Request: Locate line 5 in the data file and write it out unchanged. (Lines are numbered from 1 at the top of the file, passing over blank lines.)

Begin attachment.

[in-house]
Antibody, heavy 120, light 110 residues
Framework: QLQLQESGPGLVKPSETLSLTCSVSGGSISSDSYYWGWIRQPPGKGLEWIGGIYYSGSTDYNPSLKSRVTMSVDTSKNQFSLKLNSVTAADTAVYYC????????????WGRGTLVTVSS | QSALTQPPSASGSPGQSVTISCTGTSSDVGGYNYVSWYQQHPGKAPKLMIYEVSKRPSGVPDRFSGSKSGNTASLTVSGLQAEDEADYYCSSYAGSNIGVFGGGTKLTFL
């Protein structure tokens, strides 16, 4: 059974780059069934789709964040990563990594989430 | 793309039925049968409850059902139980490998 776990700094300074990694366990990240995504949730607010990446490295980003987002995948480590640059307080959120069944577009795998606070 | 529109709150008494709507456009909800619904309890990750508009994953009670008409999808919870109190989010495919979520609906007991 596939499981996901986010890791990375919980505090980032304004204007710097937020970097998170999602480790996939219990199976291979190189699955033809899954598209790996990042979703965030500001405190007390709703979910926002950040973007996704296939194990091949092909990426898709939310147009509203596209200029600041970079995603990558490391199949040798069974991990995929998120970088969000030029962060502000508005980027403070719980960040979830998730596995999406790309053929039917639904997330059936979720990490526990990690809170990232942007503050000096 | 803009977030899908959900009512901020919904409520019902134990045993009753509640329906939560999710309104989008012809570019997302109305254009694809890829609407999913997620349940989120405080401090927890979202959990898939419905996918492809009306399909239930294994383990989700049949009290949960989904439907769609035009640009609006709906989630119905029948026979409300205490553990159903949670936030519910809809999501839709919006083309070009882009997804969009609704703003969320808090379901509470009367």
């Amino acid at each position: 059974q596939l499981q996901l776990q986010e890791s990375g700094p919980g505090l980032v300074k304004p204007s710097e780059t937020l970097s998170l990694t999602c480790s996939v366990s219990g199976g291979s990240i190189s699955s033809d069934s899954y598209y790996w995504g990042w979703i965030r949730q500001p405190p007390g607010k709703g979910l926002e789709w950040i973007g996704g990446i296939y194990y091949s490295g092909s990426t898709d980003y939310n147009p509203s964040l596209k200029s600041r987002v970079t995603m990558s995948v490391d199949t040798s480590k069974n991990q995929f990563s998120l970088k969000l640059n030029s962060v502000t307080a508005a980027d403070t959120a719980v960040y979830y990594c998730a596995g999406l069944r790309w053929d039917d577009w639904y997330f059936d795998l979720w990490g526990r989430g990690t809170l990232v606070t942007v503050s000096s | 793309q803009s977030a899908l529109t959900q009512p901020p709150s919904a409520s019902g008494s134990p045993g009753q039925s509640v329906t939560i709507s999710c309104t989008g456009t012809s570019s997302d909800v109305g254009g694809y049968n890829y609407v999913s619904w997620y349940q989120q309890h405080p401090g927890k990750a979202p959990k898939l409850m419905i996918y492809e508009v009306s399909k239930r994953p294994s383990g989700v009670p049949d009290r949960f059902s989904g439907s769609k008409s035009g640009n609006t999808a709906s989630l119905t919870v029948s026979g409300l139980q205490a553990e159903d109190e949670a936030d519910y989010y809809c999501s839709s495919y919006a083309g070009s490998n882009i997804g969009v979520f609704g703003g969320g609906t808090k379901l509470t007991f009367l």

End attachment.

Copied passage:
């Amino acid at each position: 059974q596939l499981q996901l776990q986010e890791s990375g700094p919980g505090l980032v300074k304004p204007s710097e780059t937020l970097s998170l990694t999602c480790s996939v366990s219990g199976g291979s990240i190189s699955s033809d069934s899954y598209y790996w995504g990042w979703i965030r949730q500001p405190p007390g607010k709703g979910l926002e789709w950040i973007g996704g990446i296939y194990y091949s490295g092909s990426t898709d980003y939310n147009p509203s964040l596209k200029s600041r987002v970079t995603m990558s995948v490391d199949t040798s480590k069974n991990q995929f990563s998120l970088k969000l640059n030029s962060v502000t307080a508005a980027d403070t959120a719980v960040y979830y990594c998730a596995g999406l069944r790309w053929d039917d577009w639904y997330f059936d795998l979720w990490g526990r989430g990690t809170l990232v606070t942007v503050s000096s | 793309q803009s977030a899908l529109t959900q009512p901020p709150s919904a409520s019902g008494s134990p045993g009753q039925s509640v329906t939560i709507s999710c309104t989008g456009t012809s570019s997302d909800v109305g254009g694809y049968n890829y609407v999913s619904w997620y349940q989120q309890h405080p401090g927890k990750a979202p959990k898939l409850m419905i996918y492809e508009v009306s399909k239930r994953p294994s383990g989700v009670p049949d009290r949960f059902s989904g439907s769609k008409s035009g640009n609006t999808a709906s989630l119905t919870v029948s026979g409300l139980q205490a553990e159903d109190e949670a936030d519910y989010y809809c999501s839709s495919y919006a083309g070009s490998n882009i997804g969009v979520f609704g703003g969320g609906t808090k379901l509470t007991f009367l």